Why businesses have become less productive

A new report from the Productivity Commission (PC) has solved the mystery of why Australia's labour productivity is falling.

Labour productivity fell 4.6% in the 12 months to March 2023, according to the most recent data from the Australian Bureau of Statistics. The PC report said this was “most likely due to the unwinding of COVID-19 restrictions and the historically low unemployment rate”.

Focusing on the first cause, the report found that productivity rose during the pandemic.

“Less-productive firms were more likely to pause production, and contact-intensive service sectors were severely affected by COVID-19 restrictions. As a result, labour productivity increased through a productivity-enhancing reallocation of labour. More labour flowed towards high-productivity goods sectors, and within the same sector, labour also shifted to high-productivity firms,” the report found.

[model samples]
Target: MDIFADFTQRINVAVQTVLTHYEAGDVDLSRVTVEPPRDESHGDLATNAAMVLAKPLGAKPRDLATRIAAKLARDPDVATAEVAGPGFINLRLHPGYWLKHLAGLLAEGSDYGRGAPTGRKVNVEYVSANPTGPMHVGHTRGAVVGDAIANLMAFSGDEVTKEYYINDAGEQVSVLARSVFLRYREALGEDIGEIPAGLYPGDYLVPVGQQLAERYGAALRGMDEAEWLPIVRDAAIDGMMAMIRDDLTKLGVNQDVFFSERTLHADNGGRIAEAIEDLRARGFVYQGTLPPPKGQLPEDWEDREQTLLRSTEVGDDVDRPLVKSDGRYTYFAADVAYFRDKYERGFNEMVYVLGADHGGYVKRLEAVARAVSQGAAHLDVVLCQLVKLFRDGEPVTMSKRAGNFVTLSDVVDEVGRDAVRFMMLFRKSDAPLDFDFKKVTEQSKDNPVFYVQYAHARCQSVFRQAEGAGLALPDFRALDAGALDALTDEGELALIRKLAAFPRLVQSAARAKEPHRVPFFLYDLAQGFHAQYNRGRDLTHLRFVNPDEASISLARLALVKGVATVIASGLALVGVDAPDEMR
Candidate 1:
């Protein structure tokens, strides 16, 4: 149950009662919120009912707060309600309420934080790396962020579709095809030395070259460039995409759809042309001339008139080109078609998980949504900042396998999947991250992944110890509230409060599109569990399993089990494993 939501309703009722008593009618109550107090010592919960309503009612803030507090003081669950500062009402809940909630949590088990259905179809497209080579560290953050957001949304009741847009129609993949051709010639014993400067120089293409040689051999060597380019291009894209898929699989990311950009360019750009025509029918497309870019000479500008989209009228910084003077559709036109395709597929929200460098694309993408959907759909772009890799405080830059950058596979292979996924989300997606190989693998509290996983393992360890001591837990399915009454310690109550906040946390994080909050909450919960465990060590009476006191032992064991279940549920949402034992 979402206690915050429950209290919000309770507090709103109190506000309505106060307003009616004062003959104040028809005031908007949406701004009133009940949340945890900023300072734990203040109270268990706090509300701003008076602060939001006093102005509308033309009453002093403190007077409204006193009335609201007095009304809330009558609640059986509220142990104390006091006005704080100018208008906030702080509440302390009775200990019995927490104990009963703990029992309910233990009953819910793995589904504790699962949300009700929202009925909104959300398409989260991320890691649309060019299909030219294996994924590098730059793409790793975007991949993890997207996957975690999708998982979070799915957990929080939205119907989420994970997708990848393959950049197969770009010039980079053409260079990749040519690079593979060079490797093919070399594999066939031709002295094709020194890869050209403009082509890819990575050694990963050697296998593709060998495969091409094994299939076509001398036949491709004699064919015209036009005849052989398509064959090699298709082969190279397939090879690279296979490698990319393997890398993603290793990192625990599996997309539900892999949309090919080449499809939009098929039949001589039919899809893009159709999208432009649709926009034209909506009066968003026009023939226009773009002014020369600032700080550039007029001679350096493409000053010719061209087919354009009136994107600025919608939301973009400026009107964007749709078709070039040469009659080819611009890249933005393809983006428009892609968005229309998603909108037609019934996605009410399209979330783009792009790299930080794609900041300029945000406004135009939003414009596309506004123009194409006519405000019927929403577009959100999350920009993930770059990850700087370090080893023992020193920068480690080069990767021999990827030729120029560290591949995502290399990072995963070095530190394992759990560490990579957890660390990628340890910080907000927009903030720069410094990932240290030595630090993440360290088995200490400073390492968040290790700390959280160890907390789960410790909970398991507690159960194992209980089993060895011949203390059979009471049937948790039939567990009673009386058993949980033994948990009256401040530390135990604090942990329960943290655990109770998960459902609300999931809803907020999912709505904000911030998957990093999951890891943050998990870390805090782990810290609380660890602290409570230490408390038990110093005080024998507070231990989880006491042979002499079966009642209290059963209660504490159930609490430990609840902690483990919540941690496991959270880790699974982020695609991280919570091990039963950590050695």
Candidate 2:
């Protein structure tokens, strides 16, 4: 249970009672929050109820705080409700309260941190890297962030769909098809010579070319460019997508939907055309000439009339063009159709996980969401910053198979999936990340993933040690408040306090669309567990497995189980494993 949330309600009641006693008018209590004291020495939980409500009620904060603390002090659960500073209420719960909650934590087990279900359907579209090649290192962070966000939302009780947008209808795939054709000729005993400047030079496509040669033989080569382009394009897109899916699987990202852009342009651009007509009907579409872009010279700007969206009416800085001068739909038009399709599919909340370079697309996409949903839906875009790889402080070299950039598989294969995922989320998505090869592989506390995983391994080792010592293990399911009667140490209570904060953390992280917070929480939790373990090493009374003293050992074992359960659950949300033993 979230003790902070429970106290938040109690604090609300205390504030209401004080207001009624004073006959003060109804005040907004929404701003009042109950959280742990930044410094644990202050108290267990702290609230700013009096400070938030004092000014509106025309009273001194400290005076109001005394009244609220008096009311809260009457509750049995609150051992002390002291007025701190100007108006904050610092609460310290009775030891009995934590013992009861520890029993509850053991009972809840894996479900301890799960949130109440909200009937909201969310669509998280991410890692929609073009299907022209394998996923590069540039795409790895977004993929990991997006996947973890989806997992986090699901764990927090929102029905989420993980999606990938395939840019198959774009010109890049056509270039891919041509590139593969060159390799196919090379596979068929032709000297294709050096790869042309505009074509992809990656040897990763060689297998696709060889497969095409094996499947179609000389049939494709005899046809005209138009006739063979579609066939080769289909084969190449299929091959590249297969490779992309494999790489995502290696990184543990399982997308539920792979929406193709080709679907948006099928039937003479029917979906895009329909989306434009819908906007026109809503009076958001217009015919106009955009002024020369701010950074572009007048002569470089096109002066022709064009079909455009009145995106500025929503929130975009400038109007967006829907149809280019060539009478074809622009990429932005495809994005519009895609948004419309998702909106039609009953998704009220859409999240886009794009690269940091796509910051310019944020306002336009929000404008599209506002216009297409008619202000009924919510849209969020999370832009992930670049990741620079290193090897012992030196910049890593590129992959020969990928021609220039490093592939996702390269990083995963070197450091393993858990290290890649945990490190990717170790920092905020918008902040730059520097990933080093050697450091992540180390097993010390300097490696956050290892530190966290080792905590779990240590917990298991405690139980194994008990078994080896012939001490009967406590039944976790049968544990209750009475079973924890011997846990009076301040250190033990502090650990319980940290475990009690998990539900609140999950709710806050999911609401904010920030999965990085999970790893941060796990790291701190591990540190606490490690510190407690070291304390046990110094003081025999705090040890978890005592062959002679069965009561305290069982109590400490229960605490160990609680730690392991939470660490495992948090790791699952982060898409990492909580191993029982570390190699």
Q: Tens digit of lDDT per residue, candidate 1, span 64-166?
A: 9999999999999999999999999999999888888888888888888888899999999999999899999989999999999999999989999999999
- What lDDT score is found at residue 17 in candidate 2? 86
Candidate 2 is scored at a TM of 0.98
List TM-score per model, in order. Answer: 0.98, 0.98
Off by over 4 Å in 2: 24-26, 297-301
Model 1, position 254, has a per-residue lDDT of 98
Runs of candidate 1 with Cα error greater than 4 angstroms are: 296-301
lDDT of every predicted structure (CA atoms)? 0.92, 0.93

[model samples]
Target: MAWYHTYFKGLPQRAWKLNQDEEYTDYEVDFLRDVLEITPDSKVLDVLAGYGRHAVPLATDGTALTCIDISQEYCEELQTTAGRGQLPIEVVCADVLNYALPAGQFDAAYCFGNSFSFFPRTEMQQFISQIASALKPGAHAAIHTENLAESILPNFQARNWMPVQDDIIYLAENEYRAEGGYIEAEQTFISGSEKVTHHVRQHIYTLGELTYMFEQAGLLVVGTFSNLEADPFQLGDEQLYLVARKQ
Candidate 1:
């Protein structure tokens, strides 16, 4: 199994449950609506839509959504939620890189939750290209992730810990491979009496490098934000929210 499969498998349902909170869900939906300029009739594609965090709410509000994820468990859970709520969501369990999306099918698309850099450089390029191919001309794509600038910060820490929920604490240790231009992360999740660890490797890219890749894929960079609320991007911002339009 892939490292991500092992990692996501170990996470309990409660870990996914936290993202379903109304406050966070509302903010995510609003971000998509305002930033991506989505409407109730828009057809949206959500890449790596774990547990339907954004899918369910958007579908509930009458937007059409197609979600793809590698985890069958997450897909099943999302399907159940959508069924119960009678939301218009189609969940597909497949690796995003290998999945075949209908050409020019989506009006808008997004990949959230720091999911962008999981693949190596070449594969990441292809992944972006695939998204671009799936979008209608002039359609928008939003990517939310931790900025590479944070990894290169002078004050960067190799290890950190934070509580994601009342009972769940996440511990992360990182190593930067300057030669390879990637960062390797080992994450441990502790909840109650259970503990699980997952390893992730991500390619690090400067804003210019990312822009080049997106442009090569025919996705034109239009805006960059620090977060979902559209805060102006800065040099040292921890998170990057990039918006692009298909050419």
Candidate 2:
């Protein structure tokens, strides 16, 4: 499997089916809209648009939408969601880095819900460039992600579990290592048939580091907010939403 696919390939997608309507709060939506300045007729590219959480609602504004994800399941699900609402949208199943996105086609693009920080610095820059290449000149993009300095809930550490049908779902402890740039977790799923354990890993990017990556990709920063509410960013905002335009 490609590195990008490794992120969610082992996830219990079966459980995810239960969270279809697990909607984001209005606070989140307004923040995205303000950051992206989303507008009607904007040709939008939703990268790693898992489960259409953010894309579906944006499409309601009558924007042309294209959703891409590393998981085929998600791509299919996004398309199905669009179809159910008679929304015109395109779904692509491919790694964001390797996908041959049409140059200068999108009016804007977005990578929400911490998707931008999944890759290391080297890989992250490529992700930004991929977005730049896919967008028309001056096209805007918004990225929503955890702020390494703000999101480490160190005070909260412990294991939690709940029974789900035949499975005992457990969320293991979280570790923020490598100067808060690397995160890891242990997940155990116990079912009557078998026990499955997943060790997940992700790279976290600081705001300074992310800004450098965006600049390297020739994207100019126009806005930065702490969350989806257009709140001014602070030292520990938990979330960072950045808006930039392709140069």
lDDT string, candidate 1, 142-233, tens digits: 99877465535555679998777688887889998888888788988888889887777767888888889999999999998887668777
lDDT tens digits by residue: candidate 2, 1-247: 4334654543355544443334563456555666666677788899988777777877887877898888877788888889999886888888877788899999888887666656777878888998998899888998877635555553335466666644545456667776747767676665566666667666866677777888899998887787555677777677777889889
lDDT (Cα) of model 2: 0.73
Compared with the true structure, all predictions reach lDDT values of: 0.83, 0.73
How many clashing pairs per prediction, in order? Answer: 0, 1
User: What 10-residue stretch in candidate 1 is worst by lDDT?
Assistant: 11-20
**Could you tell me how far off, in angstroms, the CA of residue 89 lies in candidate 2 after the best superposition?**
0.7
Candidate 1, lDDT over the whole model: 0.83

“As the pandemic subsided and restrictions were lifted, the service sector recovered and firms with low average productivity levels – such as hospitality – returned to production. This partly reversed the reallocation effect, lowering measured labour productivity.”


The downside of falling unemployment

As for the second cause, similar forces were at play.

“The COVID-19 pandemic at first caused an increase in under- and unemployment. This disproportionately affected low-productivity workers because the pandemic forced firms in lower-productivity customer-facing industries to cut costs, reduce production and lay off some of their workers. Consequently, this led to a temporary increase in labour productivity,” according to the report.

“As the labour market recovered from the COVID-19 pandemic and the unemployment rate fell to historic lows, lower-productivity workers reentered the workforce, thereby reducing labour productivity.”


Better times may lie ahead

PC Chair Michael Brennan said that while productivity had fallen recently, the increased digital capacity Australia developed during the pandemic could lead to a lasting productivity dividend.

“Government and business should continue to embrace innovation and invest in upskilling the workforce to maintain that momentum,” he said.

Published: 31/7/2023

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